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  • Writer's pictureLynn Bohart

THE POPULARITY OF CRIME




According to a study by the PEW Research Center, true crime is the most common topic for the highest rated podcasts in the country right now. Of those listening, women are twice as likely to listen than men, along with people with lower formal education. While I fit half of that statistic, I guess I’m an outlier because I earned a master’s degree back at the dawn of time.

The point is that stories about crime are popular. Just look at the soaring popularity of fictional murder mysteries in books, games, TV shows, and movies. Murder, it seems, engages our minds. We are motivated to find not only 'who dunnit,' but why. And we like to see a bit of justice at the end. That makes catching the killer an adrenaline inducing thrill ride without having to leave the safety of your recliner.


Why do I write murder mysteries? I never actually liked board puzzles that much, but I do love the built-in puzzle of a murder investigation. The whole story arc from finding the body to determining how the person died to following the clues that lead to the killer—with a couple of plot twists thrown in for good measure.


But consider this: murder mysteries and true crime are popular genres because, well, they involve murder—the ultimate crime. While there are other types of mysteries offered up by the entertainment industry—how to stop a deadly disease from wiping out an entire population to popular heist movies franchises like “Ocean’s Eleven,” to finding hidden treasure ala the “National Treasure’ movies—murder mysteries reign supreme. Why? Because murder ratchets up the risk, which ratchets up the suspense, which ratchets up our adrenaline rush. And we love it!


This is why I’ve redesigned my website to serve as a kind of ‘murder central’ in the online community. I’ve become fascinated in my old age not only with the tales of murder, but the people behind the scenes. The detectives who often risk their own lives to catch the killers, and their ‘profession’ of crime investigation. The forensic people who deal with the aftermath of the crime, using their knowledge and skill to analyze everything from blood spatter to insect infestation to reveal clues about how and when a person died. The people who report on crime and how they are forced to find ways to the inside of an investigation when they’re relegated to the outside. And the people who entertain us with murder mysteries: the authors, actors, true crime podcasters, and more.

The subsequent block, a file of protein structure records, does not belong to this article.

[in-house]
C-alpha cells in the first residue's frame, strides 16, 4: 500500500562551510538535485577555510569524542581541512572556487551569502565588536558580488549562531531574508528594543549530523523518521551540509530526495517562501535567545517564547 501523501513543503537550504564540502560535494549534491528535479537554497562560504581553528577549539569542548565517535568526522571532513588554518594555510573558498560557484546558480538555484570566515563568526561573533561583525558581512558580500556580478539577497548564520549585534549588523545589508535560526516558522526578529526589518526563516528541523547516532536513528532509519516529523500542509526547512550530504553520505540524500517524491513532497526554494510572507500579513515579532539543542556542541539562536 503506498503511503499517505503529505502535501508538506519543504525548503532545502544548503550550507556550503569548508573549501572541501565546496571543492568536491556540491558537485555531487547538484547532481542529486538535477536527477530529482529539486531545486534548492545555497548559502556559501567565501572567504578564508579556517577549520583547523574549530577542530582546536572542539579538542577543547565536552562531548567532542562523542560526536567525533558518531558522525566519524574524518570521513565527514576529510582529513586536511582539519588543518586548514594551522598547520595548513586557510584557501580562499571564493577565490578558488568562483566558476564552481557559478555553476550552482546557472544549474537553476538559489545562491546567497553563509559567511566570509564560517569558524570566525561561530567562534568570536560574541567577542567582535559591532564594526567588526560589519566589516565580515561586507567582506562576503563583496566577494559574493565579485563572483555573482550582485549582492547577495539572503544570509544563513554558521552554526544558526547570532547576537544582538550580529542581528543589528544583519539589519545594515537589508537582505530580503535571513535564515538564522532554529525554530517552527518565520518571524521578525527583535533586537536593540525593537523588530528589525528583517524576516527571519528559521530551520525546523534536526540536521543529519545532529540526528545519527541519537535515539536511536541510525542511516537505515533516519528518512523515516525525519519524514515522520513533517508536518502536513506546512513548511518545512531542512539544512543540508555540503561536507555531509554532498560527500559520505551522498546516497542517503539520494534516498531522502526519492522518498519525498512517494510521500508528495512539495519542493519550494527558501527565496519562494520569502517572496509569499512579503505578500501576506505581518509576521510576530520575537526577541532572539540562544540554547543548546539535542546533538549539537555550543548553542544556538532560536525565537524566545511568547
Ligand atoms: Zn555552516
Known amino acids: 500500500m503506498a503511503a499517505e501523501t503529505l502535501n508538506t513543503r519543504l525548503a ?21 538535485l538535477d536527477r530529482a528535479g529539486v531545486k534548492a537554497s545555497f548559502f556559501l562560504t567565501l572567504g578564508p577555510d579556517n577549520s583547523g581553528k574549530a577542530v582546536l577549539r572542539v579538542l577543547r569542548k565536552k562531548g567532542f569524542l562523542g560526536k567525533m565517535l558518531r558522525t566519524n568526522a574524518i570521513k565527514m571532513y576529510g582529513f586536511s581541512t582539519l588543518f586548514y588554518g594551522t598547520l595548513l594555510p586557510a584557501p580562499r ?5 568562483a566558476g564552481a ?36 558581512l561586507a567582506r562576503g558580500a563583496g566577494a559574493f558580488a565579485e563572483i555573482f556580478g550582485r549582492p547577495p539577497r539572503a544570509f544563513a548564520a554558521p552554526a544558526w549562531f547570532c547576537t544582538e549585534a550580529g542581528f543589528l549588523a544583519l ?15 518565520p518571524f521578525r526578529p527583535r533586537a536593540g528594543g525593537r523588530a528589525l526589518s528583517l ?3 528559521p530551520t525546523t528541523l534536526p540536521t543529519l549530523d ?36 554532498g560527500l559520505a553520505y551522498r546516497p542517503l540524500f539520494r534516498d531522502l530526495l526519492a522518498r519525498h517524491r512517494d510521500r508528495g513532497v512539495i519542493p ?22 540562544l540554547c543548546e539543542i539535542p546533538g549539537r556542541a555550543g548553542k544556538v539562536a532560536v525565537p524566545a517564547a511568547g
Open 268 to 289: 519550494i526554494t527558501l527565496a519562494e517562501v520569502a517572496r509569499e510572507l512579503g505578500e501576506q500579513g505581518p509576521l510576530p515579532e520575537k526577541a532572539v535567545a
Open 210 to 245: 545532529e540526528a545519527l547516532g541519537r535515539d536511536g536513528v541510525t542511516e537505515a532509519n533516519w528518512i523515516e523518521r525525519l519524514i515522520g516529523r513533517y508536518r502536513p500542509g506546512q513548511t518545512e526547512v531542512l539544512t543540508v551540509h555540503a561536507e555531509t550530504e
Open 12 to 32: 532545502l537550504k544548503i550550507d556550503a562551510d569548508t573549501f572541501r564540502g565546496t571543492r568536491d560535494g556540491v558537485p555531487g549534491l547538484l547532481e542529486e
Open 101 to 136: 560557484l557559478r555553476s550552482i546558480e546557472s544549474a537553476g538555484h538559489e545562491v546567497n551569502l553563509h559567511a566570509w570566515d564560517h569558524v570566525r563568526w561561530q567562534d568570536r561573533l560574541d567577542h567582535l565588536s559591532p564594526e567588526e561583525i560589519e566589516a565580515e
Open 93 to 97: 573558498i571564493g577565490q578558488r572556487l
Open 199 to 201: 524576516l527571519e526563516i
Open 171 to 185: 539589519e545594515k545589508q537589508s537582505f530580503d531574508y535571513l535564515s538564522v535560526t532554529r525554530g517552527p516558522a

So, buckle up.


I’ve already launched a monthly online newsletter called “Let’s Talk About Murder,” in which I interview retired professionals and professionals in the field to get personal insights into the crime of murder. This blog will also now offer up a monthly (sometimes bi-monthly) blog post covering some fascinating topics, such as the unreliability of eyewitness testimony, how cadaver dogs sniff out decomposing bodies, the body farm (where scientists study those decomposing bodies), female serial killers, and first up—is there really such as thing as a serial killer gene in our DNA? I’m also in the process of filling out a comprehensive glossary of terms on the website that will help clarify many of the investigative and legal terms used in investigations.


If you’re fascinated with the genres of true crime and/or fictional murder mysteries, I hope you’ll join me. I’ll soon be adding a subscription option for those who want more content. I’d also love to hear your thoughts and suggestions for topics and ideas. Go to the contact page on my website at www.lynnbohart-author.com to leave a message


Thanks so much, and here’s to happy sleuthing!

 

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